Antibiotic resistant bacteria are a major threat to human health. Each year in the United States, approximately 2 million people are infected with bacteria that are resistant to antibiotics resulting in at least 23,000 deaths. The development of novel antibiotics is needed. However, de novo antibiotic development is resource intensive. Given the poor return on investment, major pharmaceutical companies have significantly decreased antibiotic Research and Development efforts. Academic labs generally do not have access to compounds and sufficient data for rationale design. Veterans who undergo surgical procedures for trauma, including head trauma, are vulnerable to multiple surgical infection, sometimes with organisms that are unlikely to ever represent an attractive target for pharmaceutical companies. Antibiotic development that capitalizes on existing drug designwork conducted by industry, may avoid some of the expensive missteps due to poor pharmacologic properties that can inadvertently arise in the lead selection. Our approach uses structure-based computational modeling to repurpose drugs as antibiotics. Previous work in our lab demonstrated that inhibition of a Listeria kinase, belonging to a family of Penicillin binding And Serine/Threonine kinase Associated (PASTA) proteins, can sensitize the bacteria to beta-lactam antibiotics. Bacterial Serine/Threonine kinases are signal transducers and our work suggests they are a novel drug development target. While PASTA kinases are common in some gram-positive bacteria, we found there is drug selectivity, not only between human and bacterial kinases, but also between bacterial kinases. We are targeting the subset of PASTA kinase containing bacteria with a large back pocket. We have already obtained a crystal structure of our target bacterial kinase (PknB) with a lead compound demonstrating this pocket. This information enables us to specifically modify the lead to both increase potency and maximize selectivity using previously defined structure activity relationships with human kinases. Furthermore, our atomic resolution drug: target structure will guide us on regions of the drug that can be modified to explicitly test Lipinski's rules for drug development and determine if they should be modified for antibiotic drug development. In this proposal, we will build on our existing work with the following Specific Aims:
Aim 1 : Design, synthesize, and test both biochemically and microbiologically novel aminofurazan kinase inhibitors that exploit the uniquely shaped back pocket of some of the PknB family of kinases.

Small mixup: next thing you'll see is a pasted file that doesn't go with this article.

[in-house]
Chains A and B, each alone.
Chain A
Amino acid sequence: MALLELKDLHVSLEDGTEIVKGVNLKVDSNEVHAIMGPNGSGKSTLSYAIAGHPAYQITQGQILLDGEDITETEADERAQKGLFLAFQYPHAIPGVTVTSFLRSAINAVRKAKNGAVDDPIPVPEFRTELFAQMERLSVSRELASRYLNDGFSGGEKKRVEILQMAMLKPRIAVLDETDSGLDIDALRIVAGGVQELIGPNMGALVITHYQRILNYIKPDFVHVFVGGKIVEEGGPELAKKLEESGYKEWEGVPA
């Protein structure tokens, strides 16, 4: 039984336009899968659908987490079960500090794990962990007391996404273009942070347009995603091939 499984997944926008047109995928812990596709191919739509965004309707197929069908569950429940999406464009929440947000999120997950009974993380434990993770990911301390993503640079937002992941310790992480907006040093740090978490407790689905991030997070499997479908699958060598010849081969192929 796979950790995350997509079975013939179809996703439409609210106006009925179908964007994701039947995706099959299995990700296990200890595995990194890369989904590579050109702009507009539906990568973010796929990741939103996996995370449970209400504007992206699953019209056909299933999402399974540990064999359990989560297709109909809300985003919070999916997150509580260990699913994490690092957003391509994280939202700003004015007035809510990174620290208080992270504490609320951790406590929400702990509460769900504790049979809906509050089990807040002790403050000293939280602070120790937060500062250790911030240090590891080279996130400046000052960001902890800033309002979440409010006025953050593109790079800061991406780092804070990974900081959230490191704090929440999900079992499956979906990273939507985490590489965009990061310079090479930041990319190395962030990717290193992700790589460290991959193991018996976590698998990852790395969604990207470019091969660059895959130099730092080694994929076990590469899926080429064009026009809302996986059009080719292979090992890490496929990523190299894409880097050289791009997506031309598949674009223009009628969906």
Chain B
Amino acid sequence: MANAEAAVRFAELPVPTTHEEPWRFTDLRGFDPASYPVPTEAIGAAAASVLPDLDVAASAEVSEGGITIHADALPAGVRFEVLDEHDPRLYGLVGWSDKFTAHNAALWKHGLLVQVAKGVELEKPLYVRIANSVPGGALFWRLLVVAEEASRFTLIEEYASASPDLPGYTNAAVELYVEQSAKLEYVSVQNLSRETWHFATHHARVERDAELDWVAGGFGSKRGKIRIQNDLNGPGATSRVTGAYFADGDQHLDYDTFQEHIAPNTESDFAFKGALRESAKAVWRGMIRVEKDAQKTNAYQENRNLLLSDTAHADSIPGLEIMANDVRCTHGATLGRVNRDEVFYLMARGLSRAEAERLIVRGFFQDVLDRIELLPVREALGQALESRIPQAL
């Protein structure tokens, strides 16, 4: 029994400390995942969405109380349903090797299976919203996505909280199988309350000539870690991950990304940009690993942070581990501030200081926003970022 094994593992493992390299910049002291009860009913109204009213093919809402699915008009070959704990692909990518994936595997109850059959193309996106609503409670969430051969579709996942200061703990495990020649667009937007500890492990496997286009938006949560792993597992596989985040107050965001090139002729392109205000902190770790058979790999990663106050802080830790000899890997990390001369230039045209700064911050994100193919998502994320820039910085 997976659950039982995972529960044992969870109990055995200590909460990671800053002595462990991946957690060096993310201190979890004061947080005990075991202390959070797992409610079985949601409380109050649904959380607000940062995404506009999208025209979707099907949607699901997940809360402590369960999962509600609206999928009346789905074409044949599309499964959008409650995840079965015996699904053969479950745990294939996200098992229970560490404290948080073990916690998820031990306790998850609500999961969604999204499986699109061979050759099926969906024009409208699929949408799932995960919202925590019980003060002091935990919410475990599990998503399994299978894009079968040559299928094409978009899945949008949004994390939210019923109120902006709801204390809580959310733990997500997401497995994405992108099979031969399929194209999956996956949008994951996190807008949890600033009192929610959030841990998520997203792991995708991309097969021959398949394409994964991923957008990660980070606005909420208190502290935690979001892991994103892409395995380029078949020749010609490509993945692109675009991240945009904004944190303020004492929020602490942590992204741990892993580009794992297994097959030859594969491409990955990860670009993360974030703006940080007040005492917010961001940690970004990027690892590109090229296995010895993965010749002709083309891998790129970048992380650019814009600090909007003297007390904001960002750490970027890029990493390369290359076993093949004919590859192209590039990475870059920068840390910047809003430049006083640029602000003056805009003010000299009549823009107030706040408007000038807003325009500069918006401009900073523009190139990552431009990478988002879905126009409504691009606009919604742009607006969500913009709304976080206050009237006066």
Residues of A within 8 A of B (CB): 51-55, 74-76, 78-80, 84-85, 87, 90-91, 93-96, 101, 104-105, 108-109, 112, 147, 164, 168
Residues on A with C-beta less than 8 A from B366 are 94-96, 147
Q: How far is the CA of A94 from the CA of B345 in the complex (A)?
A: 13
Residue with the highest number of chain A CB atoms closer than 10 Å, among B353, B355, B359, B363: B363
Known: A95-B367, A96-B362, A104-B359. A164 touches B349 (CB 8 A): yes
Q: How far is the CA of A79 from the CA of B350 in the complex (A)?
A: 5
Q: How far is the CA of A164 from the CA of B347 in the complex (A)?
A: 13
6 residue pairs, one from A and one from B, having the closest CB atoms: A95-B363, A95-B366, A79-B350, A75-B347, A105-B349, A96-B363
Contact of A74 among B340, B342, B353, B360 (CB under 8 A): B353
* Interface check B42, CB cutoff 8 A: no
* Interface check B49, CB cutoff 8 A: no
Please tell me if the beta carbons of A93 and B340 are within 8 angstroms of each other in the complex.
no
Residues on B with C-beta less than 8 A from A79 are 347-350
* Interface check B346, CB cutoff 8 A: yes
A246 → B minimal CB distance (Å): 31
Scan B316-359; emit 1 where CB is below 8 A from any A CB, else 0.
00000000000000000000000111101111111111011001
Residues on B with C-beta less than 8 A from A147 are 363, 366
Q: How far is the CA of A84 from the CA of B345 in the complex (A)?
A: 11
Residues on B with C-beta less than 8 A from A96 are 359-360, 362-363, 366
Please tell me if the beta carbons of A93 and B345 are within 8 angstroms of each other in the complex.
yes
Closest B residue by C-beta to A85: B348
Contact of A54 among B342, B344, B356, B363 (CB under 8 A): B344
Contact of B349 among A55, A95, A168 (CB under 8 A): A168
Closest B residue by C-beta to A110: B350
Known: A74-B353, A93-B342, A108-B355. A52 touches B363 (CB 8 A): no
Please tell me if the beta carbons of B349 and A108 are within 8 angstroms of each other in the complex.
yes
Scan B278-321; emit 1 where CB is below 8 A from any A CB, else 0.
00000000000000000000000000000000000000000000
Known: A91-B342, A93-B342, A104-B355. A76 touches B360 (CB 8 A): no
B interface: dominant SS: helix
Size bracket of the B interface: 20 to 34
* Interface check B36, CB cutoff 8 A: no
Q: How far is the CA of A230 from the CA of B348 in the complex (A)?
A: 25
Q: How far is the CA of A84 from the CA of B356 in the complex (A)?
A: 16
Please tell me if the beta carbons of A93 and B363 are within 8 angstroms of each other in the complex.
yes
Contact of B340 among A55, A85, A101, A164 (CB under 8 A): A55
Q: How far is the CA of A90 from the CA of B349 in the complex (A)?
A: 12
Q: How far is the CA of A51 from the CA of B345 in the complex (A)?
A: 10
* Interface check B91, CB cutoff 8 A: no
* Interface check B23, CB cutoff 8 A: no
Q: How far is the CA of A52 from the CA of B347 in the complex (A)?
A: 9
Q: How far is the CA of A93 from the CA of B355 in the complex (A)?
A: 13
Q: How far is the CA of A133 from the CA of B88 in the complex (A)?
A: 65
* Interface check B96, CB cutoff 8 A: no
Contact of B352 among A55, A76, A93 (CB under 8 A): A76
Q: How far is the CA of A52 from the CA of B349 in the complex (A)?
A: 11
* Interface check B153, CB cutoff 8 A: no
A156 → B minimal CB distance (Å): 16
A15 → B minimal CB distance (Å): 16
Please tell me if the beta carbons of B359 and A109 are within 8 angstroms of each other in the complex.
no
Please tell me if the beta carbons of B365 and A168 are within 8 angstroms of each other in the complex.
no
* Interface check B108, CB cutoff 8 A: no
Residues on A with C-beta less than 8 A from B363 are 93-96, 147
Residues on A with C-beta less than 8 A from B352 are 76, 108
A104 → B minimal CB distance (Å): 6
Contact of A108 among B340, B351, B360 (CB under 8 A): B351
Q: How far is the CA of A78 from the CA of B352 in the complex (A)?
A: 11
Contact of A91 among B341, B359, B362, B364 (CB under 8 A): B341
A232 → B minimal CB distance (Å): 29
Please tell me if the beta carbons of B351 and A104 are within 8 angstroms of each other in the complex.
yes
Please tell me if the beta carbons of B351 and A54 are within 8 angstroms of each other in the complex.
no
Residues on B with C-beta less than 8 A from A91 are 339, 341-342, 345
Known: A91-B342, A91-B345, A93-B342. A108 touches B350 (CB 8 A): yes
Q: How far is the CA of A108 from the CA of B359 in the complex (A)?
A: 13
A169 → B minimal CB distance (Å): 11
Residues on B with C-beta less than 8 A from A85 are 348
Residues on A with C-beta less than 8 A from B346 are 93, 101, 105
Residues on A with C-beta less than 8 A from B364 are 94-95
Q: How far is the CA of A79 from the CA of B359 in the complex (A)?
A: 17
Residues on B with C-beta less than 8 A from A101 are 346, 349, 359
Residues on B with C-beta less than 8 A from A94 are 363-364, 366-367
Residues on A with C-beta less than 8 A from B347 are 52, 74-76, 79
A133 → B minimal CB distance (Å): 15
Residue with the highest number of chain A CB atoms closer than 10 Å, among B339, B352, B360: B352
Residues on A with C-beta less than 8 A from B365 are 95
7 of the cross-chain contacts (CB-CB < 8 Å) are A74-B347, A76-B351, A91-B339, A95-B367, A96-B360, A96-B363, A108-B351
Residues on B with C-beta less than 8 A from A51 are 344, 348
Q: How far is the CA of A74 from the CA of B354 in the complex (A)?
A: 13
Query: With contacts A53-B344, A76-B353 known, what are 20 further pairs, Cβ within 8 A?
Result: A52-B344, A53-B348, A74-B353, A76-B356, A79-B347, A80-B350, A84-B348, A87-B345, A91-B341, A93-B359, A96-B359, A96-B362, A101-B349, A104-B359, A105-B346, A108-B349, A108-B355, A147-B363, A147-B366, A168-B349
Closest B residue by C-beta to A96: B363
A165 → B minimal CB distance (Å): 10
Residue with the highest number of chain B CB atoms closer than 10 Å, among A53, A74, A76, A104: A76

Aim 2 : Test the toxicity of these novel kinase inhibitors, as well as determine the effectiveness of combined beta lactam antibiotics with kinase inhibition in an animal model (Danio rerio). We will analyze the effect of our kinase inhibitors on both a panel of human kinases as well as on embryogenesis and fertility in zebrafish. When this work is complete, we will have generated data on how to design kinase inhibitors that act poorly against human and zebrafish kinases, but are potent against certain bacterial kinases. Pathogens that include kinases with this unique back pocket morphology include diverse skin and soil bacteria that complicate traumatic and surgical infections in the VA such as Clostridia, Nocardia, Propionibacterium acnes, and Mycobacterium. Furthermore, our work will set the stage for early stage trials on treating drug resistant mycobacterial and nocardial infections as well as atypical skin organisms that can complicate surgical infections common in veterans using a novel agent that synergizes with an existing antibiotic class with low toxicity.

Public Health Relevance

Antibiotic resistant bacteria are common in Veterans Hospitals. Novel antibiotic development is crucial to human health. Bacterial Serine/Threonine (S/T) kinases are both signal transducers, and structurally similar to human kinases. Previous work in our lab demonstrates that inhibition of a Listeria kinase, belonging to a family of Penicillin binding And S/T kinase Associated (PASTA), can sensitize the bacteria to beta-lactam antibiotics, suggesting a novel drug development pathway. Additionally certain kinase inhibitors can be ?tuned? to be selective and avoid inhibiting human kinases. In this proposal we will design, synthesize and test novel kinase inhibitors that are too bulky to bind human kinases, but nevertheless are optimized to inhibit an essential kinase in many pathogens including tuberculosis and surgical infections. We will test both efficacy and toxicity in a zebrafish animal model and determine if the combination of beta lactams and kinase inhibition can affect bacterial infection in zebrafish.

National Institute of Health (NIH)
Veterans Affairs (VA)
Non-HHS Research Projects (I01)
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Infectious Diseases B (INFB)
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Wm S. Middleton Memorial Veterans Hosp
United States
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